AC/DC Drummer PHIL RUDD: Procuring-Murder Charge Dropped

AC/DC Drummer PHIL RUDD: Procuring-Murder Charge Dropped

According to Stuff.co.nz, a New Zealand police charge of “attempting to procure murder” against AC/DC drummer Phil Rudd has been dropped. The 60-year-old rocker, who is on bail and is set to reappear in court at the end of the month, still faces one charge of threatening to kill as well as possession of methamphetamine and cannabis, which his lawyer described as “minor.”

Rudd‘s lawyer, Paul Mabey, said Friday afternoon (November 7) New Zealand time that the Crown Solicitor Greg Hollister-Jones withdrew the attempting-to-procure-murder charge after a meeting with Mabey and police.

Mabey said: “I was advised by the Crown Solicitor Hollister-Jones that he had reviewed the police file and the available evidence to support the charge of attempting to procure murder.

“He had formed the view that there was insufficient evidence to justify that charge. He has now withdrawn the charge.”

He added: “The charge… should never have been laid. The Crown Solicitor’s opinion was not sought. The charge is now withdrawn — within 24 hours of Mr. Rudd‘s first appearance in court.”

He said his client had “suffered unnecessary and extremely damaging publicity as a result of widespread and sensational reporting of a very serious allegation, which on any basis was never justified.

“The damage to Mr. Rudd is incalculable. Questions arise as to the degree of care taken by those responsible for arresting and charging him with attempting to procure murder.”

Mabey said Rudd would defend the threatening to kill charge. He described the drugs possession charges as “minor”.

Asked by The New Zealand Herald about the decision to drop the charge, Crown spokeswoman Jan Fulstow said: “It is a matter for the police. The police do not have to come to the Crown to seek permission to lay charges. The police make decisions on charges etc having regard for the evidence that they have.

“Whether or not someone is high profile makes no difference, it is a matter for the police.”

Rudd was arrested Thursday morning for allegedly trying to hire a hitman to kill two men. Their names and that of the intended hitman were not released to the media.

The alleged events reportedly took place between September 25 and September 26.

Rudd was facing a maximum of 10 years in jail if convicted of the attempting-to-procure-murder charge. The threatening-to-kill charge has a maximum sentence of seven years.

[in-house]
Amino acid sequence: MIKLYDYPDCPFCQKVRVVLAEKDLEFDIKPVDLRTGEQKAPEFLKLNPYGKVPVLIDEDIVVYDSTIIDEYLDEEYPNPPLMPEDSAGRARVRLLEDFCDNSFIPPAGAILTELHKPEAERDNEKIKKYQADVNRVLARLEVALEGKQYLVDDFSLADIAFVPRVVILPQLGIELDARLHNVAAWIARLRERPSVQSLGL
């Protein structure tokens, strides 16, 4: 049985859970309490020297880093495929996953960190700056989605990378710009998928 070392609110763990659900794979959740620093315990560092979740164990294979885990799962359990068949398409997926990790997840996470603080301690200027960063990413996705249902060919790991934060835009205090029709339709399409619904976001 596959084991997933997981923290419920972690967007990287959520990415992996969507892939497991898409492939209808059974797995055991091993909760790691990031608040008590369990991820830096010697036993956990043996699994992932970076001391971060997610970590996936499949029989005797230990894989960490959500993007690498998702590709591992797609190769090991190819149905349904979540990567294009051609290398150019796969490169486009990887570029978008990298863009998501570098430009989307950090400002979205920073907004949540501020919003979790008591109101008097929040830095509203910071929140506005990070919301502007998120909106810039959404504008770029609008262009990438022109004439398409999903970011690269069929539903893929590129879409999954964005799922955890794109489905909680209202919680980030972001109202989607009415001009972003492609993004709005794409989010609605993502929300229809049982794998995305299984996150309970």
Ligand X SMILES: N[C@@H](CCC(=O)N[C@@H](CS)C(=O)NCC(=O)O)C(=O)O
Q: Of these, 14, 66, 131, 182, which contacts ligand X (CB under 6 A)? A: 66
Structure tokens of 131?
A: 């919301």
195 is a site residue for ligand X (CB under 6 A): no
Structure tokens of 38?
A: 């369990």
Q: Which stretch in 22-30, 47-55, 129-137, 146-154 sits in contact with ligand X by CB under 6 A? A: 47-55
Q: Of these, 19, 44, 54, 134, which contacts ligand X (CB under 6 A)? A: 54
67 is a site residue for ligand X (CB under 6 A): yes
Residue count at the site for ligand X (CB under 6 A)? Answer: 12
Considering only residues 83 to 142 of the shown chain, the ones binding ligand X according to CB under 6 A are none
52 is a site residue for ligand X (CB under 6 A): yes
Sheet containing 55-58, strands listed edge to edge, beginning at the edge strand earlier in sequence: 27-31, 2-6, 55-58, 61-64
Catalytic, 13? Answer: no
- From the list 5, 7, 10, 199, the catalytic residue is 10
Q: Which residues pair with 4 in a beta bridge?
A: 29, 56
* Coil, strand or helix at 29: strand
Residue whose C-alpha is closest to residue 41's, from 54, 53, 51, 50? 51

Full statement from Rudd‘s lawyer, Paul Mabey:

Mr Rudd appeared in Court yesterday charged with Attempting to Procure Murder, and also Threatening to Kill, Possession of Cannabis and Possession of Methamphetamine.

“Some members of the media published his name, together with details of those charges, before Mr Rudd appeared in Court.

“When Mr Rudd appeared in Court, he was photographed. He was bailed to return at a later date.

“As a result of his appearance he has received worldwide publicity focusing upon the allegation of Attempting to Procure Murder.

“The decision to charge Mr Rudd was made by the New Zealand Police without consultation with the Tauranga Crown Solicitor.

“I am engaged to represent Mr Rudd on instructions from his solicitor, Karen Gravatt, of Sharp Tudhope Solicitors, Tauranga. I met today with the Tauranga Crown Solicitor and Senior Members of the Police.

“I was advised by the Crown Solicitor, Mr Hollister-Jones, that he had reviewed the Police file and the available evidence to support the charge of Attempting to Procure Murder. He had formed the view that there was insufficient evidence to justify that charge. He has now withdrawn the charge.

Mr Rudd will defend the charge of Threatening to Kill. Charges relating to any personal possession of drugs are minor.

“The charge alleging an Attempt to Procure Murder should never have been laid. The Crown Solicitors opinion was not sought. The charge is now withdrawn — within twenty four hours of Mr Rudd‘s first appearance in Court.

Mr Rudd has suffered unnecessary and extremely damaging publicity as a result of widespread and sensational reporting of a very serious allegation, which on any basis was never justified.

“The damage to Mr Rudd is incalculable. Questions arise as to the degree of care taken by those responsible for arresting and charging him with Attempting to Procure Murder.

“Citizens are entitled to a responsible exercise of the power to charge which, as is proved here, can give rise to potentially irreversible damage if that power is not exercised responsibly.

Mr Rudd is considering any possible remedies he may have.”

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